|Shehajehani of Delhi||175.0 / 11.34||Shaha Alam (1772)||175.8 / 11.39|
|Shehajehani of Lahore||174.0 / 11.28|
An official rate between gold and silver coins did not exist. Both coins, gold Mohars and silver Rupees were minted with the same weight, the alloy did not become a matter of discussion - both coins were supposed be minted with the greatest possible fineness. Rupees and Mohars thus effectively stood for the gold/silver ratio as it was to be negotiated from case to case. Numerous monetary systems coexisted under the Rupee according to laws of the principality and place. Most prominent was, however, the Rupee divided into 16 Annas, 64 Pice or 192 Pie. A short note about crores and lakhs might be included since some web pages list them among the monetary units of India: sums given like the following for the building of the Taj Mahal: Rs. 4,18,48,426-7-6, that is Rupees four crore, eighteen lakh, forty eight thousand four hundred twenty six, annas seven and pies six only - use the Indian segmentation of decimal numbers. 1 crore stands for 10 million, 1 lakh for 100,000. The sum mentioned will stay the same if noted as 41848426 Rupees 7 annas and 6 pies, or with western structuring as 41,848,426 Rupees etc.]
Important coins were the gold Mohur, the silver Rupee (divided into 16 Annas) and the Anna (12 Pies). Copper coins were the Pice (of 3 Pies) and the Pie.
The regular conversion rate seems to have been at 10 Rupees against 1 pound sterling or 10 Dutch gulden against 9 Rupees - a rate which can be supported by coin evaluations.
In southern India silver as a part of the currency system seems to have been quite unknown. Most of the territories south of the Mughal empire were united under the rule of the Vijayanagar kingdom - enjoying full sovereignty in questions of monetary politics. The main currency units were the Pagoda or Hun divided into 36 Fanams, the Fanam divided 4 Faluce or into 80 Cash (copper). The rates do, however, seem to have varied and we have not found accurate information for the 18th century or the modalities of exchange with the northern neighbour.
Money issued by the European Powers
French India, Pondicherry including Mahe, Yanaon, Karikal, and Chandernagore issued from 1700 to Dec. 1871 a rupee fixed at 1 silver French rupee = 1 silver Indian rupee = 10.9g silver. A mint was opened in Pondicherry and operated until 1793; thereafter French rupees were minted in France until 1840. The unit of account and subdivisions were 1 French rupee = 8 fanons = 16 annas. At times the mint also struck gold pagodas.
British Mints in India
In 1639 the Vijayanagar kingdom had granted the East India Company the privilege to mint coins according to its laws. Minting of British gold for purposes of commerce with the region began in the early 1640s. English supervisors run the mint at Fort St. George in Madras from the 1650s onwards. The standard remained the Vijayanagara gold Pagoda or Hun. These became known as the Old Pagodas when the New Pagodas, the Madras Pagodas of lighter weight and less value, came into currency. Fanams (Panam) first in gold alloys were minted as small coinage, initially in gold and from 1688 onwards in silver. From 36 Fanams to a Madras Pagoda, the value changed bit by bit over the years to 32. Also minted were Cash and Doodoos (Kasu and Dhuttu) in copper. A Fanam which first started out at 80 Cash was revalued over the years till it became 60 Cash and the Doodoo changed in value from an original ten to a Cash to eight. These exchange values remained more or less the same till the considerable changes in the early 19th Century.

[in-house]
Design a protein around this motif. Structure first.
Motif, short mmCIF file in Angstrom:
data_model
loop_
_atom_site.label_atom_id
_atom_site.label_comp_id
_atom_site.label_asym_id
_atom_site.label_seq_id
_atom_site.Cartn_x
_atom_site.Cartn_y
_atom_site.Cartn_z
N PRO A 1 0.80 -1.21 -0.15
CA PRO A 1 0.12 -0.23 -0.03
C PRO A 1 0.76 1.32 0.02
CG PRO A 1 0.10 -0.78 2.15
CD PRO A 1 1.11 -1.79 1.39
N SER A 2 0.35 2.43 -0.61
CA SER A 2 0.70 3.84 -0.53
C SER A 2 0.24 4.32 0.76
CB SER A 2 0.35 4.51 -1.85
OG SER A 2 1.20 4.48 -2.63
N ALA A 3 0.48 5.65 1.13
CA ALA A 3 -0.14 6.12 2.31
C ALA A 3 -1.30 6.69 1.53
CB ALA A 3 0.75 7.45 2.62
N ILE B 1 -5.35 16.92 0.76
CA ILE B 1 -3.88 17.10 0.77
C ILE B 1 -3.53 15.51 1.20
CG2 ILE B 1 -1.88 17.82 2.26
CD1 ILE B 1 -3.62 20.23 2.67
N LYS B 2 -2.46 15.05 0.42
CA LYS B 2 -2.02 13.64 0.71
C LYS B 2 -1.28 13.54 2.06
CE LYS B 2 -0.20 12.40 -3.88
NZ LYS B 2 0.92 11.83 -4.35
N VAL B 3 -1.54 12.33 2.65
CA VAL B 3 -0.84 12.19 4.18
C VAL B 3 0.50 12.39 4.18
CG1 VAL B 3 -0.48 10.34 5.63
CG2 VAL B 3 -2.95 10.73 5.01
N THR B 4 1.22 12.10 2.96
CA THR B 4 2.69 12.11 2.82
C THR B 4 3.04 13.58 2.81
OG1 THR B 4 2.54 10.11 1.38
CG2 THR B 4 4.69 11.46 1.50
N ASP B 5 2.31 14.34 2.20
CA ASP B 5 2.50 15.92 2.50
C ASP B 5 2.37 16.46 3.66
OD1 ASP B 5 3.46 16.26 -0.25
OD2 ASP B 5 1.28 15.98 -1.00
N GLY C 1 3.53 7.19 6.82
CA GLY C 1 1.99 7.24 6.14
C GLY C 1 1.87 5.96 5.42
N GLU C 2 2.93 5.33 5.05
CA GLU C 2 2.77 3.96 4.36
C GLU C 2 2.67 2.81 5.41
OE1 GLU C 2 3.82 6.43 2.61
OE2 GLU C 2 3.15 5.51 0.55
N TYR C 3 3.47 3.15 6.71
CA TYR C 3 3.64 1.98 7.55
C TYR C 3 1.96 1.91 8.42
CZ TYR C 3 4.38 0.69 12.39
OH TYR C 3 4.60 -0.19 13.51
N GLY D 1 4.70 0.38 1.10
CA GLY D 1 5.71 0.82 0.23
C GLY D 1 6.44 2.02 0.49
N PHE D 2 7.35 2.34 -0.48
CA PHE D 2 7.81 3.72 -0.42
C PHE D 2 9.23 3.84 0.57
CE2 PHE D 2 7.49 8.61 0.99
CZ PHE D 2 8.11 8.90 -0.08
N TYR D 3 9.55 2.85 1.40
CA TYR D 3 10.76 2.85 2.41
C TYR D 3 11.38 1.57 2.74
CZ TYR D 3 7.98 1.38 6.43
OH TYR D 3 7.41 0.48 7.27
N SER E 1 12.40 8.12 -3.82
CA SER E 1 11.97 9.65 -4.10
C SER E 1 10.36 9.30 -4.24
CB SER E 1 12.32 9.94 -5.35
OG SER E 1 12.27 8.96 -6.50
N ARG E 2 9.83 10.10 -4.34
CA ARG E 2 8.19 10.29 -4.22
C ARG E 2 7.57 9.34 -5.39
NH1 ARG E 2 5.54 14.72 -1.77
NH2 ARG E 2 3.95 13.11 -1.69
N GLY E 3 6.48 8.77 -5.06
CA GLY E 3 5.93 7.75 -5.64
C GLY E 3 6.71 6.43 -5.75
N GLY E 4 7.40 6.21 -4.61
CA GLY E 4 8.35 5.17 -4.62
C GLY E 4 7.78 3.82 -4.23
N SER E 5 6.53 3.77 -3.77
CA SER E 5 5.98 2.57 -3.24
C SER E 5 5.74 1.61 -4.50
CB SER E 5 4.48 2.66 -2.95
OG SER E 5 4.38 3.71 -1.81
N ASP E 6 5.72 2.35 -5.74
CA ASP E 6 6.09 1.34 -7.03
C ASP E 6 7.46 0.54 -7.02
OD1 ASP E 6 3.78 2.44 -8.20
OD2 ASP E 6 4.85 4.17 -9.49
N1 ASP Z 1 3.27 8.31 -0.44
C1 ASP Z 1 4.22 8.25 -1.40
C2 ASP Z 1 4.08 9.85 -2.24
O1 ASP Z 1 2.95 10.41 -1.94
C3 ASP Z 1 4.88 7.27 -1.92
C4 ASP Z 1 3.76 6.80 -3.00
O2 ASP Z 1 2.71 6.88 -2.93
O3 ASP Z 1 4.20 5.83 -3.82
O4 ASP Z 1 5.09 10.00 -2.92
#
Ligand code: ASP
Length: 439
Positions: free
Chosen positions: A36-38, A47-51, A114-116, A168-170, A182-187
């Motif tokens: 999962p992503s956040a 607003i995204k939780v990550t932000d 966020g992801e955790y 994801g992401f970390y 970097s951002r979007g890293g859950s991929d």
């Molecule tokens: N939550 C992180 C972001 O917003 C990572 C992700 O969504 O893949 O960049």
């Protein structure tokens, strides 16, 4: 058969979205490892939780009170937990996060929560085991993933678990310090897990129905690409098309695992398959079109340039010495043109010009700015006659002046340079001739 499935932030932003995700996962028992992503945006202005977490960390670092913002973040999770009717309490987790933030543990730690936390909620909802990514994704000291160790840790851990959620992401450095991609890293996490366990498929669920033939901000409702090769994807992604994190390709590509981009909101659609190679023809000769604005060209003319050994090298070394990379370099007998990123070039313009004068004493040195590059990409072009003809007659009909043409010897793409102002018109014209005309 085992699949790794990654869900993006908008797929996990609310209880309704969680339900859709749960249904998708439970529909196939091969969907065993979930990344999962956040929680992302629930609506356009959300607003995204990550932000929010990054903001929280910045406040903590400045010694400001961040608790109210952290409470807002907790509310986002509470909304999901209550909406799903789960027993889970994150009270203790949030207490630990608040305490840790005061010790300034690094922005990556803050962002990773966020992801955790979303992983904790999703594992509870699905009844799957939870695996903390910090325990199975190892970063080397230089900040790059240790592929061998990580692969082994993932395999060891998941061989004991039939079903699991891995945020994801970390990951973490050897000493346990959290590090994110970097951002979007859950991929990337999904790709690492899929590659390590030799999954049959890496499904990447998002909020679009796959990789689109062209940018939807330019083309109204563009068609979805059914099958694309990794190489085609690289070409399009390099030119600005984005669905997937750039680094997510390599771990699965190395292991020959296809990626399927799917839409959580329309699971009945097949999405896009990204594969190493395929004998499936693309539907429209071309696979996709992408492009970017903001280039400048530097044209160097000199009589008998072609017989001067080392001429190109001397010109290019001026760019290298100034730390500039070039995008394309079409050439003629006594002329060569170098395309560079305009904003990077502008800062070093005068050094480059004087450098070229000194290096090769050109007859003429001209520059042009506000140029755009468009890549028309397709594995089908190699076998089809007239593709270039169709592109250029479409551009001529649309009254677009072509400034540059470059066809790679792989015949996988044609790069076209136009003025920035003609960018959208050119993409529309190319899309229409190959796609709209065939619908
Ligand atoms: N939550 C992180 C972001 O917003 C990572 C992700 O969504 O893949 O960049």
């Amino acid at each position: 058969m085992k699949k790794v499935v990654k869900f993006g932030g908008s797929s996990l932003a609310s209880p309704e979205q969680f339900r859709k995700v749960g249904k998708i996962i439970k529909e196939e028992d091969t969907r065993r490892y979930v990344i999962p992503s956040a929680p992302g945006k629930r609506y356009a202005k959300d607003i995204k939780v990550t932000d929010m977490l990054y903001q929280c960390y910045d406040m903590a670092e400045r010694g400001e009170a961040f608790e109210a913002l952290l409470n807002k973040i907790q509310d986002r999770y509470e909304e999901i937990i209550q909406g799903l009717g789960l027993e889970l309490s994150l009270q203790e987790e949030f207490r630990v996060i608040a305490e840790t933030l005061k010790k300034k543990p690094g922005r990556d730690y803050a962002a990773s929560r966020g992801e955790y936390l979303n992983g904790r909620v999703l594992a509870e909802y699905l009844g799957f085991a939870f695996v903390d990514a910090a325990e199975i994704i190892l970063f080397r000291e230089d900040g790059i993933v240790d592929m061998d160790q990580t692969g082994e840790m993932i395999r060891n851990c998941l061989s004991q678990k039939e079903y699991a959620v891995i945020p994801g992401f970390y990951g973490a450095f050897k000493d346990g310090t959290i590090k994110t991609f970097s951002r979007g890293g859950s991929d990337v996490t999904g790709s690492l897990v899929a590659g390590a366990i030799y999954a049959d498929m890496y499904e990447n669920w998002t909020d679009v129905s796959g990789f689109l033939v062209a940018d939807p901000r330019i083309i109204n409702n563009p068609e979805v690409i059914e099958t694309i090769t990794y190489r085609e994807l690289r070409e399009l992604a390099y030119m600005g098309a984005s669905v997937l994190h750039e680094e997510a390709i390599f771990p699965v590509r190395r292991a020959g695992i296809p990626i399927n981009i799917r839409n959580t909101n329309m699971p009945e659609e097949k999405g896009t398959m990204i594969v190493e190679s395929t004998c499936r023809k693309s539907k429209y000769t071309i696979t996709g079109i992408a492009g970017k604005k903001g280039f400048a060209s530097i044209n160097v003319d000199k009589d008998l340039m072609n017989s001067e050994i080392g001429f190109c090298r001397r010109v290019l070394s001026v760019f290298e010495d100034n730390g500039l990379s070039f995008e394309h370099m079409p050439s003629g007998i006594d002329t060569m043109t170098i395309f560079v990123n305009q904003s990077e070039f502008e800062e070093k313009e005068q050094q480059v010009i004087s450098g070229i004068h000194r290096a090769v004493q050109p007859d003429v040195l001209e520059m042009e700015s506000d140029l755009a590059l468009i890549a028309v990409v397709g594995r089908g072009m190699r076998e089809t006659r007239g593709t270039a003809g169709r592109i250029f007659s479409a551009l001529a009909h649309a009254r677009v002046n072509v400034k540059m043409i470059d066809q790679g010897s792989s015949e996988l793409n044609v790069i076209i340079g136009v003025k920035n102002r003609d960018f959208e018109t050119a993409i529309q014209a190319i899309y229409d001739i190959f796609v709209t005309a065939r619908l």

In 1692, the mint was permitted to issue the silver Rupees of the Mughals. The public were also encouraged to take their own gold to the mint and have it converted into Madras or Arcot (Mughal) currency for a mintage fee. The standard weight was expected to be strictly observed.
A new mint was built in the Fort in 1695, then rebuilt in 1727 in the northwest corner of the Fort, by what became known as the Mint Bastion. In 1742, a second mint was established in Chintadripet. The same year, the Fort mint was permitted to strike the Arcot Rupee and Arcot coins of lower denominations.
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- Bruce II, Colin/ Deyell, John S./ Rhodes, Nicholas/ Spengler, William F., The Standard Guide to South Asian Coins and Paper Money since 1556 AD (Krause Publications, 1981).
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- Ambedkar, Babasaheb, The Problem of the Rupee: Its Origin and its Solution. History of Indian Currency & BankingÄÄ (London: S. King & Son, 1923) Chapter I "From A Double Standard To A Sliver Standard " e-text